In many ways, this beautiful time of year is a time of ending, a time of grief and loss of the abundance of summer. To maintain health and balance, we may grieve and weep appropriately, but we also need to invoke the boundary aspect of the metal season. With clarity we let go of what no longer serves us. We pull back from the exuberance of summer. We draw our focus inward and garner our reserves for winter. In these ways, we can move forward in health through the end of one cycle into the beginning of the next.
Here is a short anecdote about grief in my life and the life of my community this autumn.
Shortly after I wrote the above "Autumn: symbols and meanings" essay, I was wondering to myself, "What forms is grief taking for me this year? Am I dealing with grief adequately? And how would I really, usefully help to guide my patients through periods of profound grief?" The following set of experiences came to me, and I thought I'd share them.
One September morning this year, my daughter and I were visiting a local community garden where we frequently spend time volunteering on Fridays. The community garden is run by a local non-profit, Berkeley Youth Alternatives, and offers opportunities for low-income and marginalized youth to learn and earn income by working in the garden. Unfortunately, this year, BYA has been struggling financially and has determined that it will no longer be able to fund the position of its wonderful garden staffperson after October, 2011. All of the people who love the garden program are grieving and hoping to find a meaningful way for the program to be reborn.
On a personal level, my grief was encapsulated in a single moment where I watched my daughter running with ease down the garden pathway. The garden staffperson commented to me about how quickly she had grown so big. It was true. I remembered spending lovely summer mornings in this garden the previous year, just after Eva had learned to walk. She was still so small and clumsy then that I'd have to lift her over the grasses and furrows or she'd fall down among the rows of plants. The sad end of this chapter in the community garden history and the lightening speed of my daughter's maturation hit me like a rock that day.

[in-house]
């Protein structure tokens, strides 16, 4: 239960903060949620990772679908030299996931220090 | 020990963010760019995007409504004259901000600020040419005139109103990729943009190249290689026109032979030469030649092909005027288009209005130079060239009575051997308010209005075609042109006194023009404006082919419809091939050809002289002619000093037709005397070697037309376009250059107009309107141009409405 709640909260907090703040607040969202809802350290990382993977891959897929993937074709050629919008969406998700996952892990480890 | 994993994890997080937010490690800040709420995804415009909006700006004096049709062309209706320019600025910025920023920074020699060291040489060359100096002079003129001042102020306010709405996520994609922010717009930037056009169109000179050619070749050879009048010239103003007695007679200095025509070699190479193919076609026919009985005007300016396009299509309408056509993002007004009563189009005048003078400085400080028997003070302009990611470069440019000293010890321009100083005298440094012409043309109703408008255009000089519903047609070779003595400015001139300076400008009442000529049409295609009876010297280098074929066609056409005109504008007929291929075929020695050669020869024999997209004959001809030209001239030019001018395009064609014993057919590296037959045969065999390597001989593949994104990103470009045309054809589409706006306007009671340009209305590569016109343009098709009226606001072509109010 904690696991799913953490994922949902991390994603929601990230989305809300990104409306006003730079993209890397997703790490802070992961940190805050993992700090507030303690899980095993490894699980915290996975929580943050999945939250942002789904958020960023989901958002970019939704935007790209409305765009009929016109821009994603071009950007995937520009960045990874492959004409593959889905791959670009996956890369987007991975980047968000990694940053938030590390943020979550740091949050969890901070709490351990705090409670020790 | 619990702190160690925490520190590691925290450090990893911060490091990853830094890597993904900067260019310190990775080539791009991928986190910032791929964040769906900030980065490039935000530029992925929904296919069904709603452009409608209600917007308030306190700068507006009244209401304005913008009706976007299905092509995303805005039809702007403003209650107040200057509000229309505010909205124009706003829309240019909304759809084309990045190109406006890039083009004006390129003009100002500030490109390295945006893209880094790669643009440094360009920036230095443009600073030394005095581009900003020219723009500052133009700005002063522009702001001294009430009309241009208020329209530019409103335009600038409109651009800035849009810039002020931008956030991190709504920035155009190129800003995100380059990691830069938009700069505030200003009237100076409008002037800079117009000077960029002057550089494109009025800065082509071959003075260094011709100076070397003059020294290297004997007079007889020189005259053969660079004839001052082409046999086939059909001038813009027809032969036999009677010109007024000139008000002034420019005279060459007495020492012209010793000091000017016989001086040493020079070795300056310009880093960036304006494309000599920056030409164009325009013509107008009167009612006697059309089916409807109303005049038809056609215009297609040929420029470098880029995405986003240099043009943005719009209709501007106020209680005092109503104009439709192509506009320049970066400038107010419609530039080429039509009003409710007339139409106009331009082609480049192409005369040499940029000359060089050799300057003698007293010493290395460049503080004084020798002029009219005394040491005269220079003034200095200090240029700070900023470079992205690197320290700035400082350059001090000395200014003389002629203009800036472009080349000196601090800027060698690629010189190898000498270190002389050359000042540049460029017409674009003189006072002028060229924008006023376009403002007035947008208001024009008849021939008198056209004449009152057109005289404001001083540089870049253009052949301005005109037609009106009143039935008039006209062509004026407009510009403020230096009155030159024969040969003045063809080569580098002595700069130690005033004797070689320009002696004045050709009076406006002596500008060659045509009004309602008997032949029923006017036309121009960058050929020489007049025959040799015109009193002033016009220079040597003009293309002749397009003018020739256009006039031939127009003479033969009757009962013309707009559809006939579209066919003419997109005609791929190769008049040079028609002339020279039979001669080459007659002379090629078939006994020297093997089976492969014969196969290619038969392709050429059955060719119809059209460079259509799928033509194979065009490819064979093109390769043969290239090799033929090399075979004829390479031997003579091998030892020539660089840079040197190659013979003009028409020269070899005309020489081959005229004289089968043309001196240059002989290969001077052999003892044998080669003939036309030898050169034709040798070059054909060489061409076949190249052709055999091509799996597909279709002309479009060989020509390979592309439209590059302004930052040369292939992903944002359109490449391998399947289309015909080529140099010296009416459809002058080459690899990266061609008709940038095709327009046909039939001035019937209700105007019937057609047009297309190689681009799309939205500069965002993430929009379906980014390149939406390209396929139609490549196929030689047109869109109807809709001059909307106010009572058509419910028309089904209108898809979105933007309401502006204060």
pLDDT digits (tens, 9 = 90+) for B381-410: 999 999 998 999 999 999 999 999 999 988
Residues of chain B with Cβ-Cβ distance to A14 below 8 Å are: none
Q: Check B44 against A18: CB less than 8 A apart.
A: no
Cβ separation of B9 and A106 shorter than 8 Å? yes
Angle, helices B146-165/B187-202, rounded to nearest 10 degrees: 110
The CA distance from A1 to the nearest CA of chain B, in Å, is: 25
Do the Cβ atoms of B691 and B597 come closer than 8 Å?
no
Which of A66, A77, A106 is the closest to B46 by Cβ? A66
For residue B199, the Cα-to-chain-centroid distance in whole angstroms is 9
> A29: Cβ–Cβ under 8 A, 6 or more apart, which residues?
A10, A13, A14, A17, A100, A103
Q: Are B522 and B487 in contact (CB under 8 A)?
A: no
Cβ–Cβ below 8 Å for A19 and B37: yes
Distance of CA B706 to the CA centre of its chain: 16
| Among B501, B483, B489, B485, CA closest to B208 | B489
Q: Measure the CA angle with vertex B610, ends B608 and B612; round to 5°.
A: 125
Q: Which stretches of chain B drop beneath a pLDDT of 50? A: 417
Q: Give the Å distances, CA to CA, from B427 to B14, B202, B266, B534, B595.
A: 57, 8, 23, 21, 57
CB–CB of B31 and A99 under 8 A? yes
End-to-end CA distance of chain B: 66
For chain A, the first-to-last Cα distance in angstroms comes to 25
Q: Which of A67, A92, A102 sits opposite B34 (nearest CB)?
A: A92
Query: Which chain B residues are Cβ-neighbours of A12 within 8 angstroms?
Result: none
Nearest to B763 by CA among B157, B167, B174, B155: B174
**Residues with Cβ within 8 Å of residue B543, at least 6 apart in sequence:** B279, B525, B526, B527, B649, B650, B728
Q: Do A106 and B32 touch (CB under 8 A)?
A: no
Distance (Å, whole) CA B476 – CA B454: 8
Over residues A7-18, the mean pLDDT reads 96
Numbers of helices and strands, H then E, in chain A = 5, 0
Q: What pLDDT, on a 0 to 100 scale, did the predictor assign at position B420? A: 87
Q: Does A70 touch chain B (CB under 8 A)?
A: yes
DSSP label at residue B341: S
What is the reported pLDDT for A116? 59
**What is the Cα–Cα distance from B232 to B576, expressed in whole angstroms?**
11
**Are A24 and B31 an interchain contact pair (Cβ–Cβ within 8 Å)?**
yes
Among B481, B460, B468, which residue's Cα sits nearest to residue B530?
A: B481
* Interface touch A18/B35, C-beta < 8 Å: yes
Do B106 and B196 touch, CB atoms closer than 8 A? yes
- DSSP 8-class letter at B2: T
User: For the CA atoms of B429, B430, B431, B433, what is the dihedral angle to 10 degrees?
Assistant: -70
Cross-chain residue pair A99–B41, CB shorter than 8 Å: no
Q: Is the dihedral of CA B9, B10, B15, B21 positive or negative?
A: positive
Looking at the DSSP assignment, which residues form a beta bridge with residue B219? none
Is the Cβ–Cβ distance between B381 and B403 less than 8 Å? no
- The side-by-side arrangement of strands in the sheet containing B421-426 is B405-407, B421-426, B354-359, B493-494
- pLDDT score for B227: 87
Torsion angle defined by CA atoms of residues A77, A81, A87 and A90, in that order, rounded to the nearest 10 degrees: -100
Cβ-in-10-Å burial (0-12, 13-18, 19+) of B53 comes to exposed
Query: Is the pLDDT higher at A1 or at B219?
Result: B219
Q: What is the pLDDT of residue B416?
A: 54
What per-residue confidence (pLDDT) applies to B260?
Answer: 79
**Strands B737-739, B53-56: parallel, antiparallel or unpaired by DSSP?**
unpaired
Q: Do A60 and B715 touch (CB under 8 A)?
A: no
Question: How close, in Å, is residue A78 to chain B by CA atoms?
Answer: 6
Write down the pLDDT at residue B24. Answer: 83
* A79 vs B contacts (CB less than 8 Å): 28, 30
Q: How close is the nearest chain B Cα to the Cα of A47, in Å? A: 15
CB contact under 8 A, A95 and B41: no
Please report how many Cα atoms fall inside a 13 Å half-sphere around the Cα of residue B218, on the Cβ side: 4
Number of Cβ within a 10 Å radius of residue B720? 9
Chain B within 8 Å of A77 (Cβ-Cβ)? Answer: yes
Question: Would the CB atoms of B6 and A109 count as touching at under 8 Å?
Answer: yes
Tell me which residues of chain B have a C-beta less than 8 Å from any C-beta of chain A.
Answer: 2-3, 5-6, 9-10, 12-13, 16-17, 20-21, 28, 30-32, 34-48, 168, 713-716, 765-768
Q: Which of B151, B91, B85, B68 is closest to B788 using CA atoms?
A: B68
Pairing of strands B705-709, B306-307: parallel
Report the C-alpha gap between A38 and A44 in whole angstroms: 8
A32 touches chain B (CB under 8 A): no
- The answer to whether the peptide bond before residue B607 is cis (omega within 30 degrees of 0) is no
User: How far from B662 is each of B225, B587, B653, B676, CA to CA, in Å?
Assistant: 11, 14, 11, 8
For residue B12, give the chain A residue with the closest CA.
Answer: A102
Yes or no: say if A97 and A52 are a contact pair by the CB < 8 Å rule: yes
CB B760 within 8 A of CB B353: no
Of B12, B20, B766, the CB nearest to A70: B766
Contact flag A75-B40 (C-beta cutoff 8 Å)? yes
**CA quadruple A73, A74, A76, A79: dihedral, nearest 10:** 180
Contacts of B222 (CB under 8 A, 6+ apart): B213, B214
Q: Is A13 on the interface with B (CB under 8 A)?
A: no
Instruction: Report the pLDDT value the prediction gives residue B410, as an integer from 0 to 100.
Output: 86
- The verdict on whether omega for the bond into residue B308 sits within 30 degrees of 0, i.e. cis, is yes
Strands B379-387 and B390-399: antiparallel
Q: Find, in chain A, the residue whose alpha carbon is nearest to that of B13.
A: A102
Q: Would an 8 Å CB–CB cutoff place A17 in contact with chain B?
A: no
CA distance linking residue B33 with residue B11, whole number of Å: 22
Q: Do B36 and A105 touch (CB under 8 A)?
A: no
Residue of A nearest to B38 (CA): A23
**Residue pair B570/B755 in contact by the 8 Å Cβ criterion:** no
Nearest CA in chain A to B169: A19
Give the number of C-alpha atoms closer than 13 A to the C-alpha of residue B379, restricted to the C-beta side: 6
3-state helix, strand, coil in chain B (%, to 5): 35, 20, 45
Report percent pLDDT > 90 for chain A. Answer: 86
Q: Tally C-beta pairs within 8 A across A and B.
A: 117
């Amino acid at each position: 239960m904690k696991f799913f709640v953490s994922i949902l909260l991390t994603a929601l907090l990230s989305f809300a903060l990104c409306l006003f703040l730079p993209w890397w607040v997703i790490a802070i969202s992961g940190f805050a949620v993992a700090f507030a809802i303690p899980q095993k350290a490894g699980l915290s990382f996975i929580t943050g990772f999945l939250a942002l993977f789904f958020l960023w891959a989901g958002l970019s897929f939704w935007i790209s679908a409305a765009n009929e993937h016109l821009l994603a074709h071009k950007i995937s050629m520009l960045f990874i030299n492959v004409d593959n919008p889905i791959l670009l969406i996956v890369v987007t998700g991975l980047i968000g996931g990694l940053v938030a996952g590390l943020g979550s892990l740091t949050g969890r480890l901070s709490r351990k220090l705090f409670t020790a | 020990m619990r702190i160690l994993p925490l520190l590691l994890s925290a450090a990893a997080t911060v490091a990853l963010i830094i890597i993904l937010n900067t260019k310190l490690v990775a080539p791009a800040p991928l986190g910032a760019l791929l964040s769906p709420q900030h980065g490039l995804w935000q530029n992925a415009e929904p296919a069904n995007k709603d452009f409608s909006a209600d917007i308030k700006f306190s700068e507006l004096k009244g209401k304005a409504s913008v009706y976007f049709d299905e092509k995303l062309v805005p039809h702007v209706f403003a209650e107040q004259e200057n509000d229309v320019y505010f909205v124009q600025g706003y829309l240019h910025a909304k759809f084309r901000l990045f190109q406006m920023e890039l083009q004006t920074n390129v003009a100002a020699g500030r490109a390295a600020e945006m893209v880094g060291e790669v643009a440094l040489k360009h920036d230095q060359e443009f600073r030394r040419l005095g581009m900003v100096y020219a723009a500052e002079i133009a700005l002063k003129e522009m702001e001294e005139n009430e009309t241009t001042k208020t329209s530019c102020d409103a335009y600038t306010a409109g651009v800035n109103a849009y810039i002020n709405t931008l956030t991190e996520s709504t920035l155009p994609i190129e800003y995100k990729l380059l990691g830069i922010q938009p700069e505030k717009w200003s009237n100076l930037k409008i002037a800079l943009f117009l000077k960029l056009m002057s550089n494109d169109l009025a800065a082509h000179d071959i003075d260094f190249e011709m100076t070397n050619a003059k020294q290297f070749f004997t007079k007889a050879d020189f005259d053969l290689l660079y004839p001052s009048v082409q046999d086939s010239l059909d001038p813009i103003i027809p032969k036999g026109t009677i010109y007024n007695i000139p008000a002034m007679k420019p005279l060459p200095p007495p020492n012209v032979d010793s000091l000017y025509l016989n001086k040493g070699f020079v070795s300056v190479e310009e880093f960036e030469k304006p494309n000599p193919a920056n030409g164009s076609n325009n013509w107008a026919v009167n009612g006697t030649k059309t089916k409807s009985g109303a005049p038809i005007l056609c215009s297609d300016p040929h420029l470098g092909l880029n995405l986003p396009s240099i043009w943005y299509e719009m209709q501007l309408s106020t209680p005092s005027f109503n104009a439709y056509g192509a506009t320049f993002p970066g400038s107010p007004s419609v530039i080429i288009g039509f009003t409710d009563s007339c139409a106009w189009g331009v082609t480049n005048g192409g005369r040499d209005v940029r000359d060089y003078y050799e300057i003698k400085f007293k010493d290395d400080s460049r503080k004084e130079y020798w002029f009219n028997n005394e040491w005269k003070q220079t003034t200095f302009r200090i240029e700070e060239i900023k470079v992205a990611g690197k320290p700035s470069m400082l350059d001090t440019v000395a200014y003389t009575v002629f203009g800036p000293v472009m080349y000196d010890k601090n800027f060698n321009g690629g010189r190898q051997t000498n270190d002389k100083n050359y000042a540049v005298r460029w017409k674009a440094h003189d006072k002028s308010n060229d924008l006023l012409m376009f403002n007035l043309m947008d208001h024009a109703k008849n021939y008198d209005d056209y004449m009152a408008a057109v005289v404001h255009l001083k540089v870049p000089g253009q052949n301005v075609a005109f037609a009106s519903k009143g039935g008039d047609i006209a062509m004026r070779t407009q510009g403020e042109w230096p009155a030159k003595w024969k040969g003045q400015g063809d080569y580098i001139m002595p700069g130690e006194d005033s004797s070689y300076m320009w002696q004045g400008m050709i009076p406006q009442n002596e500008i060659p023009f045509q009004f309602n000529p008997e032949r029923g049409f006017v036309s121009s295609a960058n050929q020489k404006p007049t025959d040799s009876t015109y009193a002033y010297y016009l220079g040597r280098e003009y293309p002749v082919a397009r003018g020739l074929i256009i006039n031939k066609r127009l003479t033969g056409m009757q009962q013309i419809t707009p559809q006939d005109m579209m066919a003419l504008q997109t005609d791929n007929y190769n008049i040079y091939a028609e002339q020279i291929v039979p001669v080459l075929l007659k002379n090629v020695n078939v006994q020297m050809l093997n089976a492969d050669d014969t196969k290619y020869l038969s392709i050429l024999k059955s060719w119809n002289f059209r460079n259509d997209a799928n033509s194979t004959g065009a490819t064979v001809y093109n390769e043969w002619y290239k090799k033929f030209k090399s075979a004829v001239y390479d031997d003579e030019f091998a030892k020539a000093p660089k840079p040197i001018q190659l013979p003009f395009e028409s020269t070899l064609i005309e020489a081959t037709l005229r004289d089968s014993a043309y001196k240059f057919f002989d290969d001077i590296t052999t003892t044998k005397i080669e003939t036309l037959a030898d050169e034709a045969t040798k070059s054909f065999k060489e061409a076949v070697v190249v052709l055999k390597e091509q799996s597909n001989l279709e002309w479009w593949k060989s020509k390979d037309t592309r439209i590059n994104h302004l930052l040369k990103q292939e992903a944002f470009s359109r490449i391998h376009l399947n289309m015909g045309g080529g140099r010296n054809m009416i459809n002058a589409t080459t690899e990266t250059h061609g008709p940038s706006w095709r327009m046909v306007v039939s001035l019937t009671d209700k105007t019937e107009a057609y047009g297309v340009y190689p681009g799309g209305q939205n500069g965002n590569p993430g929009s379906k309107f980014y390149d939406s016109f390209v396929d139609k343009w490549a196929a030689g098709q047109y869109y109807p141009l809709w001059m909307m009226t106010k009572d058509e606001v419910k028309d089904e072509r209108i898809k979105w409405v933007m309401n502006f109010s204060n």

Since then, I've been trying to honor grief around these things, along with trying to see possibilities for new beginnings. That includes talking with other garden volunteers about our dreams for a new community program to arise from the garden. It also includes turning my focus from grieving the loss of my precious little baby to savoring and taking pride in all the ways that my daughter is growing into a bright, wonderful and spirited "big girl." Finally, I'm learning to appreciate that her growing independence means that I can begin to focus my helping more people as a practitioner of traditional Chinese medicine.
Resources for the article:
Elson M. Haas, M.D., Staying Healthy with the Seasons.
Penelope Ody. The Chinese Herbal Cookbook: Healing Foods from East and West.
Liu Ming. Santidao: The Way of the Three Treasures. Oakland: Da Yuan Circle, 2008.